One of Colorado's best-kept secrets, this park is brimming with vibrant colors and wildlife year-round.

This is the time of year that so. many. people. are motoring up the mountain roads to see Colorado in all its autumn glory. And who can blame them, the leaves are magnificent! But what if you could avoid the crowded highways and see a different, but no less brilliant, kind of natural color?

If you’re in the mood for a fall day trip with a twist, Paint Mines Interpretative Park near Calhan is for you. Less than an hour away from Colorado Springs and around two hours from Denver, it offers rare geology and natural wonder that has to be seen to be believed.

Visiting the park is a bit like taking a step into an alien landscape, and it is certainly unique for Colorado. In the midst of prairie land, towering hoodoos and shades of purple, yellow, pink, red, and orange cover walls of clay in this 750-acre, creek-bed environment. The paint mines have evidence of human life as far back as 9,000 years ago, and it’s the colorful rock used by Native Americans for pottery and ceremonial paint that earned the park its name. In addition, in the early 1900s, the clay was mined to make colorful bricks, according to the park website.

The park’s hoodoo geology, tall spires of rock topped with a boulder, is one of only three areas with these types of formations in the U.S. (the others being in Utah and New Mexico). They are caused by erosion from wind and rain, while the colors are the result of oxidized iron in the soil.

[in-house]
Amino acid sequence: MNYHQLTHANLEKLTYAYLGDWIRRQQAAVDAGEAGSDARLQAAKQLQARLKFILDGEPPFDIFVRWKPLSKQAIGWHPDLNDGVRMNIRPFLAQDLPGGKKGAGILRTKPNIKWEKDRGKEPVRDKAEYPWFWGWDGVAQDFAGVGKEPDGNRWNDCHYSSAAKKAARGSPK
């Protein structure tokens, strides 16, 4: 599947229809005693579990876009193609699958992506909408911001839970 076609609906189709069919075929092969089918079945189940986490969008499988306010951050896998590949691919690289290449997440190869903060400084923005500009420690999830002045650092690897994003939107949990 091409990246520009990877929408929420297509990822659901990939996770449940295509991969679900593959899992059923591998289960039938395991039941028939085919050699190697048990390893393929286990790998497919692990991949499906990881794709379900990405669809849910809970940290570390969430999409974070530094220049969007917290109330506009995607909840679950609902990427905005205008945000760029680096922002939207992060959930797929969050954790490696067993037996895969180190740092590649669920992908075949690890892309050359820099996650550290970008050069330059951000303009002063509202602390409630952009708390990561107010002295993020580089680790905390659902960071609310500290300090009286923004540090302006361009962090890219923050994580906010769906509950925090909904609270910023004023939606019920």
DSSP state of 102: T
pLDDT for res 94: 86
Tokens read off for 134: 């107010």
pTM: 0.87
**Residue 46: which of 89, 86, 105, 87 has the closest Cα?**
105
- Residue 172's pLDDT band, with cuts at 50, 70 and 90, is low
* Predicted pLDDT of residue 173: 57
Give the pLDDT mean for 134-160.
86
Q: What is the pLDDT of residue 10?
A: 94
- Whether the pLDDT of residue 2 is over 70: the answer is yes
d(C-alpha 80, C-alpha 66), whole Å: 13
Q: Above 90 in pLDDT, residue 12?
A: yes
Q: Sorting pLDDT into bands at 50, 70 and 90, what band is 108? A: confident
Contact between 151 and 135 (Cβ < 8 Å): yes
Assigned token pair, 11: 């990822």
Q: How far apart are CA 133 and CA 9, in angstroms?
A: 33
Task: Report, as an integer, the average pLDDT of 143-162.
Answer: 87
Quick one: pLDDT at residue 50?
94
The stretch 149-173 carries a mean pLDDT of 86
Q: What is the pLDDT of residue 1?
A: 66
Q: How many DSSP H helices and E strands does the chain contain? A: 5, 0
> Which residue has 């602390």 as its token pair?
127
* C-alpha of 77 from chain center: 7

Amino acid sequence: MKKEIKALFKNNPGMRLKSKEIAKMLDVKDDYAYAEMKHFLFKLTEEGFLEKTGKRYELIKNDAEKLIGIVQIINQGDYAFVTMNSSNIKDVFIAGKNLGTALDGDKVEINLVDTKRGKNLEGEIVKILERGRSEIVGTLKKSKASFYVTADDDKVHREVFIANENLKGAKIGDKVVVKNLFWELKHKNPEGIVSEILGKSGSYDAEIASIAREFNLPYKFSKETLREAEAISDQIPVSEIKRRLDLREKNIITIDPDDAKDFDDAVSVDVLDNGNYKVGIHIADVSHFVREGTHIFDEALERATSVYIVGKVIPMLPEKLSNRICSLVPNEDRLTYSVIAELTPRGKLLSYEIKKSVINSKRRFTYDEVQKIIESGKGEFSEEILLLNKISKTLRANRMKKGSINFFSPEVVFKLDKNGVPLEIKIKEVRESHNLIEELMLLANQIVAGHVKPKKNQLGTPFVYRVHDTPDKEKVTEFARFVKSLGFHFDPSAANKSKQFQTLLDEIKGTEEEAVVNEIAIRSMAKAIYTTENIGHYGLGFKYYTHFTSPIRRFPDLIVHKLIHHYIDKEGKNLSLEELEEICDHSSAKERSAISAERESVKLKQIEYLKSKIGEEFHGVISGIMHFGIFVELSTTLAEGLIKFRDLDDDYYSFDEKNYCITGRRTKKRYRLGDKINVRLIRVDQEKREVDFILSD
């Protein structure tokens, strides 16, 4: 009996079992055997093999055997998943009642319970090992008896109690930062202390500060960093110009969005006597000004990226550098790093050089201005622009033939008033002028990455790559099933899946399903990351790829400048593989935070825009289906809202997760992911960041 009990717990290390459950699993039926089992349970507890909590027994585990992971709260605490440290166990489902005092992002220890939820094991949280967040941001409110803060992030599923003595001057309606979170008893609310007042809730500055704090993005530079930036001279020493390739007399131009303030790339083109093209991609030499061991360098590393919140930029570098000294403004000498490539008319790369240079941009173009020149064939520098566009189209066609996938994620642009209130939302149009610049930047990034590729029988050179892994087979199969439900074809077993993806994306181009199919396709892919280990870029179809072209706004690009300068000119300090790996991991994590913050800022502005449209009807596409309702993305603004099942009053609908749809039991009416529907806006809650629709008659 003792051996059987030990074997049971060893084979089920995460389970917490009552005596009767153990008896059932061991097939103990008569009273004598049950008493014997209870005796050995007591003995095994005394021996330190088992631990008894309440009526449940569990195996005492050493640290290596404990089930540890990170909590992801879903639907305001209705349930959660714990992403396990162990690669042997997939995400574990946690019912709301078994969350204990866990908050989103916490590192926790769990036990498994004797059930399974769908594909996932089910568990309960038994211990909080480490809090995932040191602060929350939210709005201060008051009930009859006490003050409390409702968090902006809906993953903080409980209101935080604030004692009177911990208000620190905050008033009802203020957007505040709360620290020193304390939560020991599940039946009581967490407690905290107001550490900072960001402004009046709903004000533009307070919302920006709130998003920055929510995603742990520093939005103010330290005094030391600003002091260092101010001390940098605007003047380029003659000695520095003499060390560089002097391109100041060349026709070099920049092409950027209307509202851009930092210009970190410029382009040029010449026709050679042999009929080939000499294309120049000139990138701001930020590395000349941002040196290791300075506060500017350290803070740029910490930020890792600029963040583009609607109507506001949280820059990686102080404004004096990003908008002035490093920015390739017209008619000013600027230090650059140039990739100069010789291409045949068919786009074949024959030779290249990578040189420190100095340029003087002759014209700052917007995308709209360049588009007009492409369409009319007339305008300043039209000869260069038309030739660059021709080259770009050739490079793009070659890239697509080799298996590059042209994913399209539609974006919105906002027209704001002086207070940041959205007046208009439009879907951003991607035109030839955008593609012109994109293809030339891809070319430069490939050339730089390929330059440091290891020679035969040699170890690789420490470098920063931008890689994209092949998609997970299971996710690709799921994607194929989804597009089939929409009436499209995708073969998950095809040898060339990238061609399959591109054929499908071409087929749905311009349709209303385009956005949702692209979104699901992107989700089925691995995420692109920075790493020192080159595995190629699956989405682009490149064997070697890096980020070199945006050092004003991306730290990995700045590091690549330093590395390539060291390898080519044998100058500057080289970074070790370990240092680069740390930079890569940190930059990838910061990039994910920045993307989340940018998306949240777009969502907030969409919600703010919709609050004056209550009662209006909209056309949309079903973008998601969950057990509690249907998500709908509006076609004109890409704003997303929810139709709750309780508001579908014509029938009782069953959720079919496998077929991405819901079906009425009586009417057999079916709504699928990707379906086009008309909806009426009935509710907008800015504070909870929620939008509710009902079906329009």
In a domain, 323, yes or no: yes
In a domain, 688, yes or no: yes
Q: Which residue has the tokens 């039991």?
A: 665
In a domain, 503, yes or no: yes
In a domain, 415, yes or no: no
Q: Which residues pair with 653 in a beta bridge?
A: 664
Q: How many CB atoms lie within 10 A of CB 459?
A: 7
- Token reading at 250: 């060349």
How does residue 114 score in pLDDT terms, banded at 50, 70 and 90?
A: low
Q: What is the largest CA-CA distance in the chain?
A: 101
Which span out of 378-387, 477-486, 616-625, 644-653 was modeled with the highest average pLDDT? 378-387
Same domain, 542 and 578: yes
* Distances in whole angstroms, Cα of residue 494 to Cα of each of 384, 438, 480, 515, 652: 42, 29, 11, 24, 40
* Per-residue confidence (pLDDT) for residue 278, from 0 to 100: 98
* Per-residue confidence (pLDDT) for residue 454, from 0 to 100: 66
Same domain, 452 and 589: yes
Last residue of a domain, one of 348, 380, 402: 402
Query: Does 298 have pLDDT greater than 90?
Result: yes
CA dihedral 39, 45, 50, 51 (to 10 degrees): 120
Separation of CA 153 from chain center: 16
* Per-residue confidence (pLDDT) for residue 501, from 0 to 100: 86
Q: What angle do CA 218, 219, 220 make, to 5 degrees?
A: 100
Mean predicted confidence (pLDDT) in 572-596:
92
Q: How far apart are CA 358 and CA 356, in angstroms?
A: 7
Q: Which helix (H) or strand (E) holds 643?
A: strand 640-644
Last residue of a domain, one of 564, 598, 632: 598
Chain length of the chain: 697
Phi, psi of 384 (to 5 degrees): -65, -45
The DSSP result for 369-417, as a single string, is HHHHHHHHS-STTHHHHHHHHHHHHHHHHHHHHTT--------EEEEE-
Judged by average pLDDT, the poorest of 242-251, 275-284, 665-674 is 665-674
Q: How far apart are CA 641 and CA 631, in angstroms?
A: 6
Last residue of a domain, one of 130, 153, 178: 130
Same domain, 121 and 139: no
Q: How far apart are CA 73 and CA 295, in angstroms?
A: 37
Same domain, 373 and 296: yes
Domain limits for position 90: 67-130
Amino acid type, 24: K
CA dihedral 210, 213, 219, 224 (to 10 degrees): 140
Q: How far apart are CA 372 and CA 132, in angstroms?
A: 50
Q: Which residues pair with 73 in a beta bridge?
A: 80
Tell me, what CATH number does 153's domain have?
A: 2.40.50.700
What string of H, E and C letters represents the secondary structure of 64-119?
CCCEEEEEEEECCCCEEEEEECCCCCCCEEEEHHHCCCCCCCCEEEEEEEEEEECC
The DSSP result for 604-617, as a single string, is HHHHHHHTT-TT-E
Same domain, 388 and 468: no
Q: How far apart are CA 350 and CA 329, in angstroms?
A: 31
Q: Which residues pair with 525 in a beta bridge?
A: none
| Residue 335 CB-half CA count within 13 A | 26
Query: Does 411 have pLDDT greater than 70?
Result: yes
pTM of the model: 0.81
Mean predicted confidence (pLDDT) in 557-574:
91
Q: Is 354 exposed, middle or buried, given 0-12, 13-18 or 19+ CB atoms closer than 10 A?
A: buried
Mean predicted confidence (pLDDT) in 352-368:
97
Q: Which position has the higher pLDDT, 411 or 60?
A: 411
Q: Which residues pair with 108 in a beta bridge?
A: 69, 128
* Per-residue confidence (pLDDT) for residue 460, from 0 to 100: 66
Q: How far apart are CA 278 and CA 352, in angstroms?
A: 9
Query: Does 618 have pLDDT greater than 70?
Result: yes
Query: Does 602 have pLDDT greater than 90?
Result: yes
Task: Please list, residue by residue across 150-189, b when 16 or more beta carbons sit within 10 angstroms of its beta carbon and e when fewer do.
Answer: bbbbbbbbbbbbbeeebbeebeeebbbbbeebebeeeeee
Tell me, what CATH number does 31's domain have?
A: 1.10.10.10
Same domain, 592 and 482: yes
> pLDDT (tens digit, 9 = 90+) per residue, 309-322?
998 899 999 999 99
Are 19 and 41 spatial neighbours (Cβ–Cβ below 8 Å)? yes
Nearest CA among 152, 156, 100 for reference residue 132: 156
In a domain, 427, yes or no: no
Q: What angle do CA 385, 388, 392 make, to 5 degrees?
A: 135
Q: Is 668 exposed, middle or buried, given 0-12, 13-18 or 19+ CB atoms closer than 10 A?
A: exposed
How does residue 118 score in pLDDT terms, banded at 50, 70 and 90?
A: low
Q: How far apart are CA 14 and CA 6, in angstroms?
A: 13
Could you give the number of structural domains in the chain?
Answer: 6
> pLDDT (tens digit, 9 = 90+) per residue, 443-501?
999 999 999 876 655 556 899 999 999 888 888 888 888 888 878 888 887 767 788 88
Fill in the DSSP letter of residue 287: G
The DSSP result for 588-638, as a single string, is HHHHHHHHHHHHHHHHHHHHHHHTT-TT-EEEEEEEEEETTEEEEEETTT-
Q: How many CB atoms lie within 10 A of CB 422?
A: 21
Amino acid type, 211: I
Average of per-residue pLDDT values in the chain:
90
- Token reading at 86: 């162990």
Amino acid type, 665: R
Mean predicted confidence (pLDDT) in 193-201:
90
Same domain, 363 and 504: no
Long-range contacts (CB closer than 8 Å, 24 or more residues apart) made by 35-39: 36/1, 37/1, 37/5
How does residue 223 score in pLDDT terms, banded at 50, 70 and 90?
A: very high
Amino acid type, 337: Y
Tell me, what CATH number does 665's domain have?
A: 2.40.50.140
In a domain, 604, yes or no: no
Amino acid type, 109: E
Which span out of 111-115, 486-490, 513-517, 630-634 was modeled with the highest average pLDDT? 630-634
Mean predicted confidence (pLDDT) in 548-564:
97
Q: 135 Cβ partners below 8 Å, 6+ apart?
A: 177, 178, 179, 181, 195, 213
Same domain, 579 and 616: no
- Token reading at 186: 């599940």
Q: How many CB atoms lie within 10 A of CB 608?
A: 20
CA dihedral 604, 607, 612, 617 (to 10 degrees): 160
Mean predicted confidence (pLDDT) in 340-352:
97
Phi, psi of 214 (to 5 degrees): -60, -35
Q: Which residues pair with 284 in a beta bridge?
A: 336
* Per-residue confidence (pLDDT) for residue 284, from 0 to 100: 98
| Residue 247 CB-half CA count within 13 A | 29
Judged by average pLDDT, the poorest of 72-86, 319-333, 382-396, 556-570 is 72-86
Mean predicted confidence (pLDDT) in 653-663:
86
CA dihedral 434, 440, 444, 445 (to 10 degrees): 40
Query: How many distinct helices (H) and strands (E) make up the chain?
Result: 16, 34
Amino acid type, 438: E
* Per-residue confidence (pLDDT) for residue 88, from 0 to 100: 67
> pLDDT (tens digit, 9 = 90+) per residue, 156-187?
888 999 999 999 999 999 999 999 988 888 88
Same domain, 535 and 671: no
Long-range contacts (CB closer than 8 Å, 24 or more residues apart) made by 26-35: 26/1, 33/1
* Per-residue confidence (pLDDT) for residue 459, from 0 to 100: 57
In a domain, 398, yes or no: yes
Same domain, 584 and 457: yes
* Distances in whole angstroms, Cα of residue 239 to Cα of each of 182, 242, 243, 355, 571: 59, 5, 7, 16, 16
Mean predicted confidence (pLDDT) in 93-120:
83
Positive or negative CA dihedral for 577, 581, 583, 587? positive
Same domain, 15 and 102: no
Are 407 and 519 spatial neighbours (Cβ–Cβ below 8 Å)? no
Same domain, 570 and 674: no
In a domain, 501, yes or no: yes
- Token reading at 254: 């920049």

Hoodoos at Paint Mines

Hoodoos at Paint Mines Interpretative Park. Courtesy of

Add to this unique natural wonder the wide variety of prairie-dwelling wildlife that roams the open space, and you have a lot to look at on the four miles of trails offered. The trails are not open to bikes, dogs or horse, so you will have ample space and time to roam the park and snap pictures at every turn.

And there will be tons of photo ops that will make your social media buddies jealous – seriously, you’ll be one of the only people posting something other than aspen leaves this time of year.

Pro tip: Mornings and evening (sun up and around sunset) are the best times to see the colors really pop in the light, say park rangers.  

You are allowed to get up close and personal with the natural beauty of the formation, but the park requests that you stay on the designated trails, tread lightly around these fragile spires, and definitely don’t climb on them or try to climb into the many nooks and crannies. Let’s keep this beautiful ecosystem as pristine and intact as we can, as it is already contending with Mother Nature and her elements.

Earth can be pretty awe-inspiring, so if you want to dig a little deeper into the park’s formation and history, you can take a guided hike from a park ranger. For more information, visit the El Paso County website.

Have you visited the Paint Mines Interpretive Park? Did you get some Instagram-worthy pics? Share them in the comments below.

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